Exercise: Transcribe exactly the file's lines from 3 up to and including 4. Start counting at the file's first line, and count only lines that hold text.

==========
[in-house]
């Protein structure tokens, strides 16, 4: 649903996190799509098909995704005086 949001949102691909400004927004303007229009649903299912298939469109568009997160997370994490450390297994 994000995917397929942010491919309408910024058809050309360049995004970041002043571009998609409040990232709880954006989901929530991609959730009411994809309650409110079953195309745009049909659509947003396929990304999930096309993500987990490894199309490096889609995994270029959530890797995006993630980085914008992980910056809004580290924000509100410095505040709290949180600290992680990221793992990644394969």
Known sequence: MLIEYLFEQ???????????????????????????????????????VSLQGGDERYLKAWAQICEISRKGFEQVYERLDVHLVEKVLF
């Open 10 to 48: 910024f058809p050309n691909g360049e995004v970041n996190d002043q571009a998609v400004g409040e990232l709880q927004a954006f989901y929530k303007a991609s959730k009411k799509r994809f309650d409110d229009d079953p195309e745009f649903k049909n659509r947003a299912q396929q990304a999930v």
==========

Known sequence: MLIEYLFEQ???????????????????????????????????????VSLQGGDERYLKAWAQICEISRKGFEQVYERLDVHLVEKVLF
């Open 10 to 48: 910024f058809p050309n691909g360049e995004v970041n996190d002043q571009a998609v400004g409040e990232l709880q927004a954006f989901y929530k303007a991609s959730k009411k799509r994809f309650d409110d229009d079953p195309e745009f649903k049909n659509r947003a299912q396929q990304a999930v």